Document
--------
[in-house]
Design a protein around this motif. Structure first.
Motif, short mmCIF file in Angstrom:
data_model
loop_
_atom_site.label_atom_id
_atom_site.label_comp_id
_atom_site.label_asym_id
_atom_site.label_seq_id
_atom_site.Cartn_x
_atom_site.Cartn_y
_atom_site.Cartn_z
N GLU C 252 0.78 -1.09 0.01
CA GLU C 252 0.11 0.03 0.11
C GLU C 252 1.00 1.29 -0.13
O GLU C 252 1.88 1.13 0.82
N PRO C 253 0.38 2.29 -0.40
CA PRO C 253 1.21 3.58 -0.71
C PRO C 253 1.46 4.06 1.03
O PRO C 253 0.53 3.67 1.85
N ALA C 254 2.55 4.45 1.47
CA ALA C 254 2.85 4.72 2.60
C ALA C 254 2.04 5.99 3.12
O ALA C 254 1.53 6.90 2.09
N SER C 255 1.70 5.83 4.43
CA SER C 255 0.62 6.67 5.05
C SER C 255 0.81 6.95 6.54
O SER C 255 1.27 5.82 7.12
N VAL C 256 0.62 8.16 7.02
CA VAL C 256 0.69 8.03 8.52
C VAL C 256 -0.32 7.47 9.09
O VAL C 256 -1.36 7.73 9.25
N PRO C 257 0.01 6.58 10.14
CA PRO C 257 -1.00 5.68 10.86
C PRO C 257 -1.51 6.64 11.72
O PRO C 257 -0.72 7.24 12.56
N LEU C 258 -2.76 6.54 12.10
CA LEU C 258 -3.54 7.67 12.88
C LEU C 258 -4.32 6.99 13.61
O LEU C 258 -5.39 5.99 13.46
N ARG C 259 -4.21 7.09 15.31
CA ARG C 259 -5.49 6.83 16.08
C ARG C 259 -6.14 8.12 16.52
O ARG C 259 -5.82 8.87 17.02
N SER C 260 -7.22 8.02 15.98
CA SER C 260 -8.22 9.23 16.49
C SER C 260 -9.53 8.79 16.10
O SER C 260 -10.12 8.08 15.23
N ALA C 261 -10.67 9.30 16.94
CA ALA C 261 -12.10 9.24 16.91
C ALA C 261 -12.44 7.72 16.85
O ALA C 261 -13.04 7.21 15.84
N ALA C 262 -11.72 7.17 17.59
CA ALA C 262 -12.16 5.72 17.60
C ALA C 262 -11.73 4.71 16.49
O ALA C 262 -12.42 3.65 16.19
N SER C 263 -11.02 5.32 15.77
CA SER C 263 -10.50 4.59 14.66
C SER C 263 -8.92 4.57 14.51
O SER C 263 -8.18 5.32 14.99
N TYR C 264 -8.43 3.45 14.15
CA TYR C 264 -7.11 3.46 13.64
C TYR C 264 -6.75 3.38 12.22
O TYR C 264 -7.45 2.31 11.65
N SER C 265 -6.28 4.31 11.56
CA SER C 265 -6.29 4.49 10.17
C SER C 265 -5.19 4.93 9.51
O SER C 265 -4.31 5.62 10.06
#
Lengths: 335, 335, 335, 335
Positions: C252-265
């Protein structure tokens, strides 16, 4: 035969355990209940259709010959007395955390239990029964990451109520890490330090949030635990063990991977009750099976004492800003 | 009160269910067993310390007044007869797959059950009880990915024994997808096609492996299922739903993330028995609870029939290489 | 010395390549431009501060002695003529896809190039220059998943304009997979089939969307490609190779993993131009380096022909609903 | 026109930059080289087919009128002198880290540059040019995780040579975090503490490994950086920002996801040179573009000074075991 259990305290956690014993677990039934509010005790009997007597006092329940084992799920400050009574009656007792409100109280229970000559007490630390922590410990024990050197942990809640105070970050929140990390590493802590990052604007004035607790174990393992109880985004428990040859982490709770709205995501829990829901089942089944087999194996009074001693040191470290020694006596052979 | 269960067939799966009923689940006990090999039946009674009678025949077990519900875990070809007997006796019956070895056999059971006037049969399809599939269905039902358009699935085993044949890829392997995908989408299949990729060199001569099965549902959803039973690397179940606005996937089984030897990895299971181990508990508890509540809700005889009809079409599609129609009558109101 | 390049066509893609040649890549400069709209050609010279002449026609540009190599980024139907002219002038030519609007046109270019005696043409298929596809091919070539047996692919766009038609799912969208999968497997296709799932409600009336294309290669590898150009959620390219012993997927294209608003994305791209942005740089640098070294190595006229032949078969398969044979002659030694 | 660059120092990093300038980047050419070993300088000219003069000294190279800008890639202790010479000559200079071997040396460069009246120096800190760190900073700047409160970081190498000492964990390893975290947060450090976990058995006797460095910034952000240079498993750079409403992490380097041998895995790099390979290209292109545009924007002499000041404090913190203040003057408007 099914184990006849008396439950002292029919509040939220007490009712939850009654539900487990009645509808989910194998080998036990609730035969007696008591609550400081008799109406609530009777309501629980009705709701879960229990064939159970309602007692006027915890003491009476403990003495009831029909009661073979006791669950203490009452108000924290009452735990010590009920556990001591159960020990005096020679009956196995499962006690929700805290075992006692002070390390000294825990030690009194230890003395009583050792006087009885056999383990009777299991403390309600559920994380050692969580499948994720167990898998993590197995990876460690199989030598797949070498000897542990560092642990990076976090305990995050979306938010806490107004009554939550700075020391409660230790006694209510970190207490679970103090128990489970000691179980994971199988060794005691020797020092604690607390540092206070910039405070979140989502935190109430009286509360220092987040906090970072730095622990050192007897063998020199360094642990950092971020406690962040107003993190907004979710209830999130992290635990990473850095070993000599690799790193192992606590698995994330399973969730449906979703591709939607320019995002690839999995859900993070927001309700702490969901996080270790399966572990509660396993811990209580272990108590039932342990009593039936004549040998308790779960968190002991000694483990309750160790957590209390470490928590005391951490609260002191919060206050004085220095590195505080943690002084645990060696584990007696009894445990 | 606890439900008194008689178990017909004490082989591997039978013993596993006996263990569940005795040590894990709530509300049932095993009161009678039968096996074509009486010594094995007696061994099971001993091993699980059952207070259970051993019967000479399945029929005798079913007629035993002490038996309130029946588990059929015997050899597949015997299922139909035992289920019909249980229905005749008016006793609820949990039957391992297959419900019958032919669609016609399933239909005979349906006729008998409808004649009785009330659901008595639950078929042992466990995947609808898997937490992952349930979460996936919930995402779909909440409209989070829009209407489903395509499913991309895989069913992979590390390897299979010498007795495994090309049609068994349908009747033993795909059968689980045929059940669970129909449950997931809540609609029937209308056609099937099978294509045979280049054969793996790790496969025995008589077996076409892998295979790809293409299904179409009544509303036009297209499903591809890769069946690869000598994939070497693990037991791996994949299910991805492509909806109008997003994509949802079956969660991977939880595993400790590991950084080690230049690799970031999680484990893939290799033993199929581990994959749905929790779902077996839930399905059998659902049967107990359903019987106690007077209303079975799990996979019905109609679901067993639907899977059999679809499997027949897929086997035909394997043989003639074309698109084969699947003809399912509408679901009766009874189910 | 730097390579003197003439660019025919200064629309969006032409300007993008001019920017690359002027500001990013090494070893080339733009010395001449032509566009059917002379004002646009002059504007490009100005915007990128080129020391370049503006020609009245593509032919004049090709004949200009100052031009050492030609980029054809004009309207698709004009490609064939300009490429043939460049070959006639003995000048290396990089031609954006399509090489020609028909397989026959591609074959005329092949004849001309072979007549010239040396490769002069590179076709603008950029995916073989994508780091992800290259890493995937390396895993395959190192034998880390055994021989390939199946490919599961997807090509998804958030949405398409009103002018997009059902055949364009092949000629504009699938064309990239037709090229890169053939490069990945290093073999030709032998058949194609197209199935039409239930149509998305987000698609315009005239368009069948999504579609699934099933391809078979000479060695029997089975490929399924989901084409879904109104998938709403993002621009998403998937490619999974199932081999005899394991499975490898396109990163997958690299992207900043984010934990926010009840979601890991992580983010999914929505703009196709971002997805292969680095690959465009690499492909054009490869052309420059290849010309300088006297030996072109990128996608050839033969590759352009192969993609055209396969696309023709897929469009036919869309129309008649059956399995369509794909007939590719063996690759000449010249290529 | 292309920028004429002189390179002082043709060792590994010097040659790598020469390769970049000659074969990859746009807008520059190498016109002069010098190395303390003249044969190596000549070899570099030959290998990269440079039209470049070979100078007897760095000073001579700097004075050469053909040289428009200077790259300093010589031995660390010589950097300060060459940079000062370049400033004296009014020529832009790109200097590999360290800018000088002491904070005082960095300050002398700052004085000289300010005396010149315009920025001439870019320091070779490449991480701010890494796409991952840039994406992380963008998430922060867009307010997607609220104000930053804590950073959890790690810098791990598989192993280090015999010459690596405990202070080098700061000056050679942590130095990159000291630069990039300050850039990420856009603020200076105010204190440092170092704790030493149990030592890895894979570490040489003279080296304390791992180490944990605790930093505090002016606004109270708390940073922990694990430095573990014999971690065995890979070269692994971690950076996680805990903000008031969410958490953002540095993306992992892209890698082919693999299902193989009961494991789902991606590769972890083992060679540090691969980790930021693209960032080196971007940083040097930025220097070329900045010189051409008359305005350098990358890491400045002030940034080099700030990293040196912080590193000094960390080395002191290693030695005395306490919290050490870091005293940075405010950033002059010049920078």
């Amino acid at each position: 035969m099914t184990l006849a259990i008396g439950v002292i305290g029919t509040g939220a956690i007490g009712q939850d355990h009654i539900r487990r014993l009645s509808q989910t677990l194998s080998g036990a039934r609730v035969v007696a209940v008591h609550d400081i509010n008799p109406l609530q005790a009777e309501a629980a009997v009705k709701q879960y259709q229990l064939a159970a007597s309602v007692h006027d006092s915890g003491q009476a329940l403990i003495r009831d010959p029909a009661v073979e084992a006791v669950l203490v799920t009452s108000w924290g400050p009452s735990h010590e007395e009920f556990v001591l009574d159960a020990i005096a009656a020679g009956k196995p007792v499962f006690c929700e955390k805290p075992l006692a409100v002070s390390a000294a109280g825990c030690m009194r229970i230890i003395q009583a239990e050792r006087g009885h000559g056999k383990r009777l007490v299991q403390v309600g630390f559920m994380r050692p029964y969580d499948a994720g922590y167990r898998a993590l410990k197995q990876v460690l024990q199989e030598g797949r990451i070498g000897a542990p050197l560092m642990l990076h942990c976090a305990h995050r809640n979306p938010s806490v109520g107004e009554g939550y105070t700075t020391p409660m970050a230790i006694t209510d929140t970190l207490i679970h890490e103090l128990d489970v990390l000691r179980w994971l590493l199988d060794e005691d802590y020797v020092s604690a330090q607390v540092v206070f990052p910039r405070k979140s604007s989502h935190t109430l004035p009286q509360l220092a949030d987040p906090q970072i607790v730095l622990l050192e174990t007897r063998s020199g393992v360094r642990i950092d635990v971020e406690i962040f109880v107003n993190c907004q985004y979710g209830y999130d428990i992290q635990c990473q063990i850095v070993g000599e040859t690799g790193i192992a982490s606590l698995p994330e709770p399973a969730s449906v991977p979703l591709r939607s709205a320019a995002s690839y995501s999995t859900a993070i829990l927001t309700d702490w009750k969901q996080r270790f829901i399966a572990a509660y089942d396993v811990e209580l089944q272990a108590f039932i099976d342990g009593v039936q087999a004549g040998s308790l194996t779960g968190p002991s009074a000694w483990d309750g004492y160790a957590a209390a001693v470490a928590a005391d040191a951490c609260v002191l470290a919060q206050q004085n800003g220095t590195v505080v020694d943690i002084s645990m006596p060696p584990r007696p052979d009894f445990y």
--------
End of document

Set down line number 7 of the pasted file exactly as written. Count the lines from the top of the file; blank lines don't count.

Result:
_atom_site.label_comp_id